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Author Topic: whats the difference between safety, regular and strike anywhere matches?  (Read 17174 times)

paul.fr

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why do they light on different surfaces?


 

Offline Karen W.

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That is a good question but I would think the compounds used to make the different varieties must be altered for that purpose maybe slightly changed to effect the desired results. maybe one is treated with a coating to prevent lighting .. the regular ones seem softer when lighting..the red part seems less coated etc.
« Last Edit: 03/08/2007 11:01:17 by Karen W. »
 

Offline Cut Chemist

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Safety Matches - (Supposedly) can only be ignited by rubbing the match head on the stricking suface of the match box.  One of the ingredients needed for the ignition is contained within the stricking surface on the box.  Red phsphorus on the stricking suface is converted into white phosphorus in response to the friction of the match head.  White phosphorus is needed for ignition.

Strike Anywhere Matches - I think these can be lit by stricking on any abrasive surface.  Sandpaper, brick, the bottom of a shoe, or a rough belt buckle will do the trick.  I even have a friend who can lite one off of his tooth.  These contain white phosphorus in the match head.  In most cases the normally red match-heads have a white tip.

I'm not sure which type would be considered "regular matches"

There are also "waterproof matches"  which produce a much hotter flame, and burn much faster.  They produce a ~5 second "torch."  While camping on a rainy day these can be quite handy.  I've been told they can be lit underwater but I'm not sure if that's possible.
« Last Edit: 02/08/2007 06:27:34 by Cut Chemist »
 

paul.fr

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Many thanks, CC
 

Heronumber0

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Sorry to extend this but I was told that there were civilisations which managed to light flames underwater.  Was that naphtha? And does it take oxygen from the water, or am I on the wrong track?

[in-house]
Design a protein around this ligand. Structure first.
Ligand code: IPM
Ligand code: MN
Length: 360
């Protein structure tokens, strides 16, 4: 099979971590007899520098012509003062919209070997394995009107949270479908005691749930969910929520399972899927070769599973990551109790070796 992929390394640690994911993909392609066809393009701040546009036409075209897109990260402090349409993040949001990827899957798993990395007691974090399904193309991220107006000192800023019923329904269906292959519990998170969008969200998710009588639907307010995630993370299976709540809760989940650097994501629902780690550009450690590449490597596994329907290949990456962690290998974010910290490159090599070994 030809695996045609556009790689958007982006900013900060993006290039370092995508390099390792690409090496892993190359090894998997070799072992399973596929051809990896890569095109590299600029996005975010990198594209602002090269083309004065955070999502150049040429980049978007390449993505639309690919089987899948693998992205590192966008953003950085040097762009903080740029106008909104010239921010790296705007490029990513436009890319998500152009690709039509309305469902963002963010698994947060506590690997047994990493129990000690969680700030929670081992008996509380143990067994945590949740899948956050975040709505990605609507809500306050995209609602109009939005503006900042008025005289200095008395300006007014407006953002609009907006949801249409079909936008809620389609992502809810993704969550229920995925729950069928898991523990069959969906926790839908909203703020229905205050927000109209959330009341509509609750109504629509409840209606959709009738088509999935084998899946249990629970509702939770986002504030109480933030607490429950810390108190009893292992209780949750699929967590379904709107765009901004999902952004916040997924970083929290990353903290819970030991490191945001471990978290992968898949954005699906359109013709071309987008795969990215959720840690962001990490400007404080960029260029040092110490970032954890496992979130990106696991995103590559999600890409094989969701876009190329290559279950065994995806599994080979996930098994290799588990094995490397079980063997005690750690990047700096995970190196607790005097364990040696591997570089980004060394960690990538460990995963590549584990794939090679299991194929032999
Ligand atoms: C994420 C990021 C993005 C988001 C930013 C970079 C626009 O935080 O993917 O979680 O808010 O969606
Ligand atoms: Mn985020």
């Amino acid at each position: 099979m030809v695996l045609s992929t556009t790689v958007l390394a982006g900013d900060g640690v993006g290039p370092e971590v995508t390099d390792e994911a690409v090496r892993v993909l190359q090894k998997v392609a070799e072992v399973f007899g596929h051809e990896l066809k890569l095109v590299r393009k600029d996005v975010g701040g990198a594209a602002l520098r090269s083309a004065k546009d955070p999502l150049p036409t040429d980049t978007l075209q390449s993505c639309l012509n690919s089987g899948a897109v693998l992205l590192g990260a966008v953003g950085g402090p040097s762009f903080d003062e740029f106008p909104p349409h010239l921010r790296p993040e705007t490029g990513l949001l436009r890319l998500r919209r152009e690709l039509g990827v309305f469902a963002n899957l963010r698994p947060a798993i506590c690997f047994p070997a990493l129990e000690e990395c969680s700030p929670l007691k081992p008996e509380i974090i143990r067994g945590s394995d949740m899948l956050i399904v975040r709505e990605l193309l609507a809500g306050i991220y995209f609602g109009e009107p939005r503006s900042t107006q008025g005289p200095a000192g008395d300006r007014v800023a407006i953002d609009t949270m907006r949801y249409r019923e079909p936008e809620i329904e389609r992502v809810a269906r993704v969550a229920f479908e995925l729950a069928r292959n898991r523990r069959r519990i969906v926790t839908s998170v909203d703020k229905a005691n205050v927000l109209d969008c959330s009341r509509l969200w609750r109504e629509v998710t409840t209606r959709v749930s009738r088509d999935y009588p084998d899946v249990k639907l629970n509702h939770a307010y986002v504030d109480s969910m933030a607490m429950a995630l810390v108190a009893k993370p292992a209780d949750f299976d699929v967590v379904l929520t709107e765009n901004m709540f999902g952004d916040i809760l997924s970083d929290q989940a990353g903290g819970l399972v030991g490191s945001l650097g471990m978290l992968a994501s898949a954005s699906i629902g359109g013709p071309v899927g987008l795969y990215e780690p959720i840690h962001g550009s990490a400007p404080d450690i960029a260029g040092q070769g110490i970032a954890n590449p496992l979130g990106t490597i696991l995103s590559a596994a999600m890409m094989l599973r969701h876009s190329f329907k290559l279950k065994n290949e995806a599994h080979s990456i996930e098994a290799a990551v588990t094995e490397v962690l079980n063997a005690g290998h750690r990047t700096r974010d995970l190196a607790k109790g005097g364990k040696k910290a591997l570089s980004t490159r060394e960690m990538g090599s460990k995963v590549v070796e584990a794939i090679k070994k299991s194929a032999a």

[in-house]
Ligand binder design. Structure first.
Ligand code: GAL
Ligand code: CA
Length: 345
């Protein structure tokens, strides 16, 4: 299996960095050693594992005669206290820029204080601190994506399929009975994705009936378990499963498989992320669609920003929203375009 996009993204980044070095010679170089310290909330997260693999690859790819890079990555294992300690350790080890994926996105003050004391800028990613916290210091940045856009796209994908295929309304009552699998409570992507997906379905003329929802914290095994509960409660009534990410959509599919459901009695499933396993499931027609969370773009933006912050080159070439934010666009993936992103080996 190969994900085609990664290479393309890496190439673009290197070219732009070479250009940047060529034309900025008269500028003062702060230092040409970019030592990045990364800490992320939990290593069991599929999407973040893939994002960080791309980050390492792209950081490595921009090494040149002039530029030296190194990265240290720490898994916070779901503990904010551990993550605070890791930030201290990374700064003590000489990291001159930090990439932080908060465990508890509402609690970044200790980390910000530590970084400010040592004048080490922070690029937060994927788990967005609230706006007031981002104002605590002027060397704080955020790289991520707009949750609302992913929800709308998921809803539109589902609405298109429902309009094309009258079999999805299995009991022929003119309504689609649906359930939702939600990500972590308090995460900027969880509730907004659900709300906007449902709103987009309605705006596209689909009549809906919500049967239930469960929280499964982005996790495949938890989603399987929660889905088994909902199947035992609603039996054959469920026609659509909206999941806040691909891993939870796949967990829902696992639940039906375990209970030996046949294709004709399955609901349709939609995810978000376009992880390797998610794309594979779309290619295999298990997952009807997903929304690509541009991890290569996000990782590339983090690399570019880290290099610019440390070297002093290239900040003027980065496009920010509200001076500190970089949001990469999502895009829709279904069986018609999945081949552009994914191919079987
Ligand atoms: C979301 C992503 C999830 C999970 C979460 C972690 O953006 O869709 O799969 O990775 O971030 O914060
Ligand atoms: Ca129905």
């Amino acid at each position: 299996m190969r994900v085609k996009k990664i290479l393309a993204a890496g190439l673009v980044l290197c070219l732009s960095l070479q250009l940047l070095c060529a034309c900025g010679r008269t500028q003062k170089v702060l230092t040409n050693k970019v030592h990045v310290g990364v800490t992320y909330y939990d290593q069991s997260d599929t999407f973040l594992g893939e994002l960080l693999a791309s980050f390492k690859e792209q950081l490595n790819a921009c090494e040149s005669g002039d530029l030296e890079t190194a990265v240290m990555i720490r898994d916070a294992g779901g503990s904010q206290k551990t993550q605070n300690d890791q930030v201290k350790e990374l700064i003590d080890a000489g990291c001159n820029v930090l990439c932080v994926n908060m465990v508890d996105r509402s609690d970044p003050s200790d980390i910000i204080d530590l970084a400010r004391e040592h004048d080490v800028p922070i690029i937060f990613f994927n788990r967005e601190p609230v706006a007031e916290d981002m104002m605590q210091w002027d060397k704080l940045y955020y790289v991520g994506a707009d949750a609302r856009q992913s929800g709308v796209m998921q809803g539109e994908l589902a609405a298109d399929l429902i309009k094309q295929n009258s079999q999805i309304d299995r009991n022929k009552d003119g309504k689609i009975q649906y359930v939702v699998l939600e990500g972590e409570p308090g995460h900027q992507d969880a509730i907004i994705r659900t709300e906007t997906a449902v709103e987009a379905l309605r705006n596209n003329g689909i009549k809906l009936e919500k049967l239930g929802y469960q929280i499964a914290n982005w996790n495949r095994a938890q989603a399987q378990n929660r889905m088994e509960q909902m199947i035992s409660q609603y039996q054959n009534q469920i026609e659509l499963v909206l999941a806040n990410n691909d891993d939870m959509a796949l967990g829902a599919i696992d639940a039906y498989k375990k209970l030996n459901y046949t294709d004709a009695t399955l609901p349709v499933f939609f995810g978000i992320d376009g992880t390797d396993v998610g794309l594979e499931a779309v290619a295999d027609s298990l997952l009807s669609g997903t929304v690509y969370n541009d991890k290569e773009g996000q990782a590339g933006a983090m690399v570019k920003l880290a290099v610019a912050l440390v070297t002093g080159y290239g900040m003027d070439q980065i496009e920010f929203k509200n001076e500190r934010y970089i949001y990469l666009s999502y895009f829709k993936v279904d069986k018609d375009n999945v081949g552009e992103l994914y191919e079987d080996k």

Offline Cut Chemist

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There's probably no way that a flame could get enough oxygen to be sustained from the dissoled oxygen in water.  There would have to be an oxidant contained in the flame's source, such as those in underwater expolsives.  (probably nitro compounds)

Naptha (hydrocarbon chians) would float on the surface, and doesn't have the oxygen required to burn underwater.
« Last Edit: 03/08/2007 07:20:44 by Cut Chemist »
 

Offline lightarrow

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Strike Anywhere Matches - I think these can be lit by stricking on any abrasive surface.  Sandpaper, brick, the bottom of a shoe, or a rough belt buckle will do the trick.  I even have a friend who can lite one off of his tooth.  These contain white phosphorus in the match head.  In most cases the normally red match-heads have a white tip.
Are you sure they contain white phosphorus? It's highly toxic, I think it should be forbidden to use it; furthermore, white phosphorus reacts by itself with air oxygen, so the match wouldn't be very stable.
 

Offline Cut Chemist

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Your right!  After some further research, they now use a compound called phosphorus sesquisulfide, which is contained in the match head, and produces a similar effect to white phosphorous.  I guess that's the white colored compound that composes the red match head's white tip. 
 

Offline Karen W.

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Good research you guys!
 

Offline chris

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I wrote a potted history of matches and safety matches about 3 years ago. Here's the link:

http://www.thenakedscientists.com/forum/index.php?topic=350.msg12887#msg12887

Chris
 

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